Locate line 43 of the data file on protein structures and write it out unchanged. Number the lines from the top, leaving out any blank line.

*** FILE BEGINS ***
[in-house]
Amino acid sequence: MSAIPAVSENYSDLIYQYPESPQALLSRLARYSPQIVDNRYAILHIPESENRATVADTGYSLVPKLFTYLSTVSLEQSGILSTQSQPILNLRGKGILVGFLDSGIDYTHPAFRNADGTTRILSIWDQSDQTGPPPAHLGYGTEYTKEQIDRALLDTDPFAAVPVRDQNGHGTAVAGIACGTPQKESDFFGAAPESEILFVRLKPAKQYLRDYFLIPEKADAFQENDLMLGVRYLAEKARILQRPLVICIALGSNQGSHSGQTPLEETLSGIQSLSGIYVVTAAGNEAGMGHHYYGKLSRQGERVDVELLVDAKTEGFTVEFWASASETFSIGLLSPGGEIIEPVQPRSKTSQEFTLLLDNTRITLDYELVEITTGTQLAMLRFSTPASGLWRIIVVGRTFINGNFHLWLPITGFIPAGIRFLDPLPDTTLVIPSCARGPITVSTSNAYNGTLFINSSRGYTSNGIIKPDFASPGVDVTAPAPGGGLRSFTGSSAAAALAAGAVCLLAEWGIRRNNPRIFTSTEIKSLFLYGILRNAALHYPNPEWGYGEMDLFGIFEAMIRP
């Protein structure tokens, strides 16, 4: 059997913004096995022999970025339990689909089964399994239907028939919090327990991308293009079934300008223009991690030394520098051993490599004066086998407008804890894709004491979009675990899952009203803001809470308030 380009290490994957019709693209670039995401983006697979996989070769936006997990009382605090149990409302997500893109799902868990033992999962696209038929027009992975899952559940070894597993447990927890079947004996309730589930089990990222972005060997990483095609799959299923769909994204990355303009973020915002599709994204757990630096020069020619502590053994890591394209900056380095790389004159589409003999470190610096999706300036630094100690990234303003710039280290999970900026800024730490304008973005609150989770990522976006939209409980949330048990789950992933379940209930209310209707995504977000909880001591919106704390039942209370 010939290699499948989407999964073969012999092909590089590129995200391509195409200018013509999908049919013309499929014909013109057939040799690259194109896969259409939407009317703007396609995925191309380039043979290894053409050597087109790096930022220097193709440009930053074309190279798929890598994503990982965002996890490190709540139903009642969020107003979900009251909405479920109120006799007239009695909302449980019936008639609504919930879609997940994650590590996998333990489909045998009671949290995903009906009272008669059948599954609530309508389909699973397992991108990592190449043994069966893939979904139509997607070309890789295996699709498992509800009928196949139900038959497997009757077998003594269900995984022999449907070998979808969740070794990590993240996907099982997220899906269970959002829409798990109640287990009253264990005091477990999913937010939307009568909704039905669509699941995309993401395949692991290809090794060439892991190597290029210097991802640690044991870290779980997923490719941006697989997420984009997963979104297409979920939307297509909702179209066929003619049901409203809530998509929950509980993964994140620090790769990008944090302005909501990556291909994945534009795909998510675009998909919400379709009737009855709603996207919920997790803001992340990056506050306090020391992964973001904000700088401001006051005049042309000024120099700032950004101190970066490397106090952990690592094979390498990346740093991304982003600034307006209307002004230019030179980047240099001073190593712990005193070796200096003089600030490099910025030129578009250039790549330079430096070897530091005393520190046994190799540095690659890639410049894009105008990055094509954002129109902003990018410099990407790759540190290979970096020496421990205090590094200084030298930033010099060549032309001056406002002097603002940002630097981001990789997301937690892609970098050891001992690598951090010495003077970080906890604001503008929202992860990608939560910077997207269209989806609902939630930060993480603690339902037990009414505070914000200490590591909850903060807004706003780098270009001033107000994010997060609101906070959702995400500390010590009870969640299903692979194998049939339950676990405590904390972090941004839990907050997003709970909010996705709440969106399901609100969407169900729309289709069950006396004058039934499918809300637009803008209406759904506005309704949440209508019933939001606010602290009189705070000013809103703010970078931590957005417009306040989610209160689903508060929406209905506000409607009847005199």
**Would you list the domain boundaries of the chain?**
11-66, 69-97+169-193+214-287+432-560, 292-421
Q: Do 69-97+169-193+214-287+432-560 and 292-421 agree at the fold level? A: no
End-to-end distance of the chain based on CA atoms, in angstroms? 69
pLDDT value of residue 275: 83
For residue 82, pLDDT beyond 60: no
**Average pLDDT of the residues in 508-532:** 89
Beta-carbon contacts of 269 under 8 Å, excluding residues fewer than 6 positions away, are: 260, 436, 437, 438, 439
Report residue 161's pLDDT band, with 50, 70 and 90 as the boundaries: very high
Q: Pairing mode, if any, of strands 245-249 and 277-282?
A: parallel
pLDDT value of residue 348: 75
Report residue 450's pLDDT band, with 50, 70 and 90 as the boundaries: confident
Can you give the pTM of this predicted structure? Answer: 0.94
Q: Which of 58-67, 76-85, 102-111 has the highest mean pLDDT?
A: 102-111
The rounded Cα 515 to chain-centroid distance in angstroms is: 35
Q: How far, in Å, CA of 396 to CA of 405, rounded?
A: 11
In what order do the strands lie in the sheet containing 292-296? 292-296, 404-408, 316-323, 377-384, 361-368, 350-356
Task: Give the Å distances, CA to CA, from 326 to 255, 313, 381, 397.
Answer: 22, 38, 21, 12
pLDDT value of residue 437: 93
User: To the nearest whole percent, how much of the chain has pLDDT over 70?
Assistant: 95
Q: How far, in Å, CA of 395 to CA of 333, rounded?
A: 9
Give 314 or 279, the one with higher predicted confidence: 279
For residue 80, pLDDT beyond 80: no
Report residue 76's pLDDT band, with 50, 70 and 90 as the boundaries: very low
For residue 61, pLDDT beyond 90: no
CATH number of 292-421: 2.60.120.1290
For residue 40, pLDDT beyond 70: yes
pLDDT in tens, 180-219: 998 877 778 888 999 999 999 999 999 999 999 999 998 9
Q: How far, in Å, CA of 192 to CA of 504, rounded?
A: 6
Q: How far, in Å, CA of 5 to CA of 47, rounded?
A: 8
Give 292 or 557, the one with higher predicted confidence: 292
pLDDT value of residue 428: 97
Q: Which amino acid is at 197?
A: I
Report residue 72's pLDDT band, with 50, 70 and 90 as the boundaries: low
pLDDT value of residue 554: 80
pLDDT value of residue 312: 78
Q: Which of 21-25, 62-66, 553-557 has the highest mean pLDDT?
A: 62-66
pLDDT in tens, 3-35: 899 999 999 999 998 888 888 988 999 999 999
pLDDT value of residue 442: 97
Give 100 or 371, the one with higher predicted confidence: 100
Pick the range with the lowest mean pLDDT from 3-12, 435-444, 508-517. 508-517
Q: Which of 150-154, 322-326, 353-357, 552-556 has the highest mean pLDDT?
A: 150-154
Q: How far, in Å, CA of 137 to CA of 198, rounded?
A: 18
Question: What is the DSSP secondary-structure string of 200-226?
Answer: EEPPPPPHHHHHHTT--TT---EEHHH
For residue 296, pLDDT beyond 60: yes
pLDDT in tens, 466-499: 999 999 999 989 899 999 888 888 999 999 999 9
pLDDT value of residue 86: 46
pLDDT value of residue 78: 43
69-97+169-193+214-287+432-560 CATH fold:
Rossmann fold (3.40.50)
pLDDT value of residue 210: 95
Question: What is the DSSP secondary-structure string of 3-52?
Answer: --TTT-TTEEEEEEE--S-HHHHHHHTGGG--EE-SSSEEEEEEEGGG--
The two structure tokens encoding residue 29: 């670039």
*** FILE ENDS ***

pLDDT value of residue 428: 97